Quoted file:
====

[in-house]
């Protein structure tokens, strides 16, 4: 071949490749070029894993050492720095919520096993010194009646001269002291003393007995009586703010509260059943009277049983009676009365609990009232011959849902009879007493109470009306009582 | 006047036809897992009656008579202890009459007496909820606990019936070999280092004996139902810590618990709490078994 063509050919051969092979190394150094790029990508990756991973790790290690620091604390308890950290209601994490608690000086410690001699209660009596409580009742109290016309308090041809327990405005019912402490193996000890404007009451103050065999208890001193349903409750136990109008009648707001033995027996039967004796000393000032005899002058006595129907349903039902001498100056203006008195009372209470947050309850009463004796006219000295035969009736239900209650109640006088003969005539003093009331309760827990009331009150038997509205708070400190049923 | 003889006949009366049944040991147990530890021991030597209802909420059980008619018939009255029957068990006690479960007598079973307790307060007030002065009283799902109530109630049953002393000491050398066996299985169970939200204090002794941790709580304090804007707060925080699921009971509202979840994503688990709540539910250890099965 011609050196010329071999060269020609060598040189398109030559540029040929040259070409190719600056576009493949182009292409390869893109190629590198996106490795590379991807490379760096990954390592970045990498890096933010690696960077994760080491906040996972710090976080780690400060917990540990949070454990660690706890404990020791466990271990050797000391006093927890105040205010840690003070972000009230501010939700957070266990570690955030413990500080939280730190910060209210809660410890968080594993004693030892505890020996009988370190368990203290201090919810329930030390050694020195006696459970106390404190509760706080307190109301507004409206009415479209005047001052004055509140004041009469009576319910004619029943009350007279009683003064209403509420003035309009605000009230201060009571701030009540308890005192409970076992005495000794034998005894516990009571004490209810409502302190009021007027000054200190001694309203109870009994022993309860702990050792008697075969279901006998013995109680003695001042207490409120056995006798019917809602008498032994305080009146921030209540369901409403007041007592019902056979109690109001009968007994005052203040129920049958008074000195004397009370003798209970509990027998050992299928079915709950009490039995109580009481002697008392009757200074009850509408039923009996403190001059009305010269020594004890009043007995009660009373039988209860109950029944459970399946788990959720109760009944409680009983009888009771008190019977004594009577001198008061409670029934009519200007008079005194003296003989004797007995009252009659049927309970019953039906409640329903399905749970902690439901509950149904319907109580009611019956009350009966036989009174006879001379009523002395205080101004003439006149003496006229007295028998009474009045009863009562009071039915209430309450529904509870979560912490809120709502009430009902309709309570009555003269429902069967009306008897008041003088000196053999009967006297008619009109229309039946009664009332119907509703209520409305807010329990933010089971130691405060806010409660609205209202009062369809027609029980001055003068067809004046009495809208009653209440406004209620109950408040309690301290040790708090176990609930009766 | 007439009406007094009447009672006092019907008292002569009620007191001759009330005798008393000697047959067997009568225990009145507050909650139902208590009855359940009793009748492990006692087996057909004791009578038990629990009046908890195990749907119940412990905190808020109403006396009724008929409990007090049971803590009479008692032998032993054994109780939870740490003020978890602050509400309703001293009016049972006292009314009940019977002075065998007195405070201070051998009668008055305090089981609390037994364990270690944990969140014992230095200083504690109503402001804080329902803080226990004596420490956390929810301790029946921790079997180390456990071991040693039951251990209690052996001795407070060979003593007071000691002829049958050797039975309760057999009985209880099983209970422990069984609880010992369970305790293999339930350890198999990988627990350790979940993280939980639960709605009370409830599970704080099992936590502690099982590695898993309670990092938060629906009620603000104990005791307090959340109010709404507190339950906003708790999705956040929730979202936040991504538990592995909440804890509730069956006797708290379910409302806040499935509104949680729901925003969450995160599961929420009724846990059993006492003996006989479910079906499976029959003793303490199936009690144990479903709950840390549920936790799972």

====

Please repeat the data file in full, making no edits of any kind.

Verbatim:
[in-house]
């Protein structure tokens, strides 16, 4: 071949490749070029894993050492720095919520096993010194009646001269002291003393007995009586703010509260059943009277049983009676009365609990009232011959849902009879007493109470009306009582 | 006047036809897992009656008579202890009459007496909820606990019936070999280092004996139902810590618990709490078994 063509050919051969092979190394150094790029990508990756991973790790290690620091604390308890950290209601994490608690000086410690001699209660009596409580009742109290016309308090041809327990405005019912402490193996000890404007009451103050065999208890001193349903409750136990109008009648707001033995027996039967004796000393000032005899002058006595129907349903039902001498100056203006008195009372209470947050309850009463004796006219000295035969009736239900209650109640006088003969005539003093009331309760827990009331009150038997509205708070400190049923 | 003889006949009366049944040991147990530890021991030597209802909420059980008619018939009255029957068990006690479960007598079973307790307060007030002065009283799902109530109630049953002393000491050398066996299985169970939200204090002794941790709580304090804007707060925080699921009971509202979840994503688990709540539910250890099965 011609050196010329071999060269020609060598040189398109030559540029040929040259070409190719600056576009493949182009292409390869893109190629590198996106490795590379991807490379760096990954390592970045990498890096933010690696960077994760080491906040996972710090976080780690400060917990540990949070454990660690706890404990020791466990271990050797000391006093927890105040205010840690003070972000009230501010939700957070266990570690955030413990500080939280730190910060209210809660410890968080594993004693030892505890020996009988370190368990203290201090919810329930030390050694020195006696459970106390404190509760706080307190109301507004409206009415479209005047001052004055509140004041009469009576319910004619029943009350007279009683003064209403509420003035309009605000009230201060009571701030009540308890005192409970076992005495000794034998005894516990009571004490209810409502302190009021007027000054200190001694309203109870009994022993309860702990050792008697075969279901006998013995109680003695001042207490409120056995006798019917809602008498032994305080009146921030209540369901409403007041007592019902056979109690109001009968007994005052203040129920049958008074000195004397009370003798209970509990027998050992299928079915709950009490039995109580009481002697008392009757200074009850509408039923009996403190001059009305010269020594004890009043007995009660009373039988209860109950029944459970399946788990959720109760009944409680009983009888009771008190019977004594009577001198008061409670029934009519200007008079005194003296003989004797007995009252009659049927309970019953039906409640329903399905749970902690439901509950149904319907109580009611019956009350009966036989009174006879001379009523002395205080101004003439006149003496006229007295028998009474009045009863009562009071039915209430309450529904509870979560912490809120709502009430009902309709309570009555003269429902069967009306008897008041003088000196053999009967006297008619009109229309039946009664009332119907509703209520409305807010329990933010089971130691405060806010409660609205209202009062369809027609029980001055003068067809004046009495809208009653209440406004209620109950408040309690301290040790708090176990609930009766 | 007439009406007094009447009672006092019907008292002569009620007191001759009330005798008393000697047959067997009568225990009145507050909650139902208590009855359940009793009748492990006692087996057909004791009578038990629990009046908890195990749907119940412990905190808020109403006396009724008929409990007090049971803590009479008692032998032993054994109780939870740490003020978890602050509400309703001293009016049972006292009314009940019977002075065998007195405070201070051998009668008055305090089981609390037994364990270690944990969140014992230095200083504690109503402001804080329902803080226990004596420490956390929810301790029946921790079997180390456990071991040693039951251990209690052996001795407070060979003593007071000691002829049958050797039975309760057999009985209880099983209970422990069984609880010992369970305790293999339930350890198999990988627990350790979940993280939980639960709605009370409830599970704080099992936590502690099982590695898993309670990092938060629906009620603000104990005791307090959340109010709404507190339950906003708790999705956040929730979202936040991504538990592995909440804890509730069956006797708290379910409302806040499935509104949680729901925003969450995160599961929420009724846990059993006492003996006989479910079906499976029959003793303490199936009690144990479903709950840390549920936790799972």